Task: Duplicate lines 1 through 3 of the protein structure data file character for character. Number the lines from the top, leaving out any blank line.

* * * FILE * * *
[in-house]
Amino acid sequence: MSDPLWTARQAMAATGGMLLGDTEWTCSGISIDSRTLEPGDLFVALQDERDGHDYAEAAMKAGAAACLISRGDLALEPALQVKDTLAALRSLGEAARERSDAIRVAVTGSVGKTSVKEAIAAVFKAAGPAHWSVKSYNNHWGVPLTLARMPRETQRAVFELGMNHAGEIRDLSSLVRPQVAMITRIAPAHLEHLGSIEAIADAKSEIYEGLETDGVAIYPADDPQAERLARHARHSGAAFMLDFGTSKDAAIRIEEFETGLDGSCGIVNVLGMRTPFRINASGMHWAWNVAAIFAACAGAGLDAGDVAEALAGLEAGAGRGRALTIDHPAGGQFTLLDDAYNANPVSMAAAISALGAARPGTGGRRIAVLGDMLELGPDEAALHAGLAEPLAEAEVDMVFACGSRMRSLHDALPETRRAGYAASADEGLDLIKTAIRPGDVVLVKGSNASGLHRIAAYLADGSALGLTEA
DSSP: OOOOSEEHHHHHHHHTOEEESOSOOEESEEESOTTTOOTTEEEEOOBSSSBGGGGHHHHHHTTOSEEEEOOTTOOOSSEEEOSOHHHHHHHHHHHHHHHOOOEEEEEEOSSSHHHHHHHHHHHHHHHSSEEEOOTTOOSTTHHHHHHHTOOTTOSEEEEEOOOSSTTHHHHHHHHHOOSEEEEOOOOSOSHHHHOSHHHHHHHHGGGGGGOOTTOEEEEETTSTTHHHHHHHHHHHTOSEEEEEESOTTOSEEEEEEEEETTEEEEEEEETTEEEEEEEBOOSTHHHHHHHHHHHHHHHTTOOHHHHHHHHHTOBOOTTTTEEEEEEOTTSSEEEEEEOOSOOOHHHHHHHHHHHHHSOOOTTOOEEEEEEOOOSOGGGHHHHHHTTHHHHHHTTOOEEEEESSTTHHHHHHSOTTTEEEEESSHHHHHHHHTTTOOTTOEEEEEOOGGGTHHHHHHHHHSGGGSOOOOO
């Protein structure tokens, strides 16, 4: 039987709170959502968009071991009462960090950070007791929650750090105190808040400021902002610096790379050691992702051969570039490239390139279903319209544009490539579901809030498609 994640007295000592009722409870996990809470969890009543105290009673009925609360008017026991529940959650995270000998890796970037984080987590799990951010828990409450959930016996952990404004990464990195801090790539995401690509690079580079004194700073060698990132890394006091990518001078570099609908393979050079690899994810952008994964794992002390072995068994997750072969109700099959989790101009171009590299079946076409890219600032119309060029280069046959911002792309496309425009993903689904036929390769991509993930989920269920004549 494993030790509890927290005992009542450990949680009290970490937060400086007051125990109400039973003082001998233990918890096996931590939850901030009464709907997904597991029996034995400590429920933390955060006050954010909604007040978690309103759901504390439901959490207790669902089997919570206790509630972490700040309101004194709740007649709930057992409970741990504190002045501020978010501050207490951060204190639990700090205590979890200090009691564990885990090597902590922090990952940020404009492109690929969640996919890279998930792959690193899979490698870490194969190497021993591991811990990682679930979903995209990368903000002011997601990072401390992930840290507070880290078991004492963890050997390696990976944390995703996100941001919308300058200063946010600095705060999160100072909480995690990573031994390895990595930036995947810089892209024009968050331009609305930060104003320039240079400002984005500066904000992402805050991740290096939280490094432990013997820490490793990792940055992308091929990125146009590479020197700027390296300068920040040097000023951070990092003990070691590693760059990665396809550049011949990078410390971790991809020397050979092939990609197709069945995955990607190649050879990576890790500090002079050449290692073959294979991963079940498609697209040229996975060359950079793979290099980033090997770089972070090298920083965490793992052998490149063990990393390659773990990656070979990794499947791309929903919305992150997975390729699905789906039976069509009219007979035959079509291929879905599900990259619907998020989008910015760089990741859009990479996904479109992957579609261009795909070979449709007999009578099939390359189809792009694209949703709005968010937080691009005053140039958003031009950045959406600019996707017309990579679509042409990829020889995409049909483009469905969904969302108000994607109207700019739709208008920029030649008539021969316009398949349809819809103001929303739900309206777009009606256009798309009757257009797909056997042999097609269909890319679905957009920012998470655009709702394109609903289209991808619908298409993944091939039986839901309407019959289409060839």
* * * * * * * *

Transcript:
[in-house]
Amino acid sequence: MSDPLWTARQAMAATGGMLLGDTEWTCSGISIDSRTLEPGDLFVALQDERDGHDYAEAAMKAGAAACLISRGDLALEPALQVKDTLAALRSLGEAARERSDAIRVAVTGSVGKTSVKEAIAAVFKAAGPAHWSVKSYNNHWGVPLTLARMPRETQRAVFELGMNHAGEIRDLSSLVRPQVAMITRIAPAHLEHLGSIEAIADAKSEIYEGLETDGVAIYPADDPQAERLARHARHSGAAFMLDFGTSKDAAIRIEEFETGLDGSCGIVNVLGMRTPFRINASGMHWAWNVAAIFAACAGAGLDAGDVAEALAGLEAGAGRGRALTIDHPAGGQFTLLDDAYNANPVSMAAAISALGAARPGTGGRRIAVLGDMLELGPDEAALHAGLAEPLAEAEVDMVFACGSRMRSLHDALPETRRAGYAASADEGLDLIKTAIRPGDVVLVKGSNASGLHRIAAYLADGSALGLTEA
DSSP: OOOOSEEHHHHHHHHTOEEESOSOOEESEEESOTTTOOTTEEEEOOBSSSBGGGGHHHHHHTTOSEEEEOOTTOOOSSEEEOSOHHHHHHHHHHHHHHHOOOEEEEEEOSSSHHHHHHHHHHHHHHHSSEEEOOTTOOSTTHHHHHHHTOOTTOSEEEEEOOOSSTTHHHHHHHHHOOSEEEEOOOOSOSHHHHOSHHHHHHHHGGGGGGOOTTOEEEEETTSTTHHHHHHHHHHHTOSEEEEEESOTTOSEEEEEEEEETTEEEEEEEETTEEEEEEEBOOSTHHHHHHHHHHHHHHHTTOOHHHHHHHHHTOBOOTTTTEEEEEEOTTSSEEEEEEOOSOOOHHHHHHHHHHHHHSOOOTTOOEEEEEEOOOSOGGGHHHHHHTTHHHHHHTTOOEEEEESSTTHHHHHHSOTTTEEEEESSHHHHHHHHTTTOOTTOEEEEEOOGGGTHHHHHHHHHSGGGSOOOOO